Discouraging distracted dining
Aug. 20, 2012
by Ivan Raconteur

A recent headline in the LA Times caught my attention. The story was about a restaurant that pays its customers to put away their phones.

Apparently, Eva Restaurant on Beverly Boulevard in Los Angeles is offering patrons a 5 percent discount off their bill if they check their mobile devices before being seated (that means check, in the sense of a coat check near the door, not check one’s messages).

Owner and chef Mark Gold is reportedly using the discount as a way to minimize distracted dining.

About half of the patrons have taken advantage of the offer, according to the story.

Gold’s main concern was not about disturbing other diners. He said it is about two people sitting together and connecting without the distraction of a phone. He explained that he is trying to create an ambiance in which people can really enjoy the experience of good food and good company.


It is troubling to think that a restaurant would have to bribe its customers to enjoy a meal together without digital distractions.

It is a sad commentary on society that Gold’s vision sounds like radical thinking.

What does it say about us that we can’t even get through a meal or share a beverage with a friend without having to exercise our digital addiction?

Gold is not imagining things.

Any time one goes to a restaurant, coffee house, bar, or other public place these days, one will see people sprouting phones, iPads, or other electronic devices.

For some people, these devices seem to be permanently attached to their hands or ears. It is as if the digital devices are some sort of a lifeline, and people are incapable of surviving unless they are connected.

It saddens me that I have been guilty of it myself. As much as it annoys me when other people do it, I confess that I have checked messages and looked things up on my phone while sitting at a table with friends.

There was a time, not so long ago, when it would have been considered a breach of etiquette and extremely rude if one ignored the people with whom one was dining.

If one went out on a date with someone and ignored them, it would quickly become a last date.

If a group of friends went out for the evening and one person was busy with something else and failed to pay attention to his friends, the friends would object.

Today, some people barely notice things like that. I have seen instances at bars or restaurants where everyone at the table is busy poking at an electronic device and completely ignoring the people they are with.

Even at a recent family vacation, I was shocked to note that sometimes, when we were all hanging around in the cabin, some at the table and others spread out on couches and chairs, everyone in the room was engaged in some kind of electronic activity on iPhones, iPads, or iPods.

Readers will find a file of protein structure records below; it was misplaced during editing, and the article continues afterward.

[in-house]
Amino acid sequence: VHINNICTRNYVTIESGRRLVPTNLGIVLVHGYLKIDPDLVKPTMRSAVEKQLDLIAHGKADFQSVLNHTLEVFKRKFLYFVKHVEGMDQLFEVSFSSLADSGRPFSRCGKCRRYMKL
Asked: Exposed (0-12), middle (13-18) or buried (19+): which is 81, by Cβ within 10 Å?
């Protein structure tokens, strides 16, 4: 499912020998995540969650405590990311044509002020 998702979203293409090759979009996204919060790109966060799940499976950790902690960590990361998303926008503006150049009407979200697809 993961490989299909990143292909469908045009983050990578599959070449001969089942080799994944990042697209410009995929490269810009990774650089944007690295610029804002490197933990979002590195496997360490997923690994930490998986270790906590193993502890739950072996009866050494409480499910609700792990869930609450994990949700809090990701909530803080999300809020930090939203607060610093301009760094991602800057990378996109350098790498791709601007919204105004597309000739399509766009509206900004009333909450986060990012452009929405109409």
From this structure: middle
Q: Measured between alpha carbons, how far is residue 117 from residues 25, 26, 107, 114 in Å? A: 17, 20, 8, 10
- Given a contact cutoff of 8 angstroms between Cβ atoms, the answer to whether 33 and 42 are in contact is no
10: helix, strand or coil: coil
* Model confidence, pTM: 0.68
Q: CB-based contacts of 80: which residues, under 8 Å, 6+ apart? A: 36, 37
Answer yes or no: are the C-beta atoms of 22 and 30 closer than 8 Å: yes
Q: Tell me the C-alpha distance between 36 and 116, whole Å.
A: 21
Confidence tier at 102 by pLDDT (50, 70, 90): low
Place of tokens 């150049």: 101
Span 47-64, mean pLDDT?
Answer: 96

It wasn’t just the young people, either. From children to grandparents, everyone was doing it.

It is frightening how quickly this change in behavior and attitude have evolved.

The technology may be new, but the basic behavior isn’t. A few years ago, if we went out with someone, and whipped out a book or newspaper and started reading it and ignoring our companion, there would have been consequences.

Depending on how much of a dudgeon one’s companion worked herself into, one might have received a severe tongue lashing or even a sock on the beezer for committing such an infraction.

Today, one’s companion might not even notice, because she might be engaged in a digital distraction of her own.

Gold is right to be concerned. We may be in danger of losing the art of conversation.

Our ability to simply sit and enjoy the company of another person may be on the verge of extinction.

I don’t get out much these days, but it seems to me that losing the capacity to get lost in a pleasant conversation with someone without checking sports scores, Twitter feeds, or Facebook posts would be a tragedy.

The good news is that things don’t have to be that way.

We don’t have to wait for a restaurant or someone else to reward us for good manners and common sense.

We can make a commitment to voluntarily check the tech when we are spending time with others.

We have a choice. We can choose to be present in the moment and enjoy the company of real, live people.

The reward for actually taking the time to listen to someone and enjoy a drink together or a pleasant meal and good conversation is likely to be far more rewarding than a 5 percent discount on a restaurant bill.

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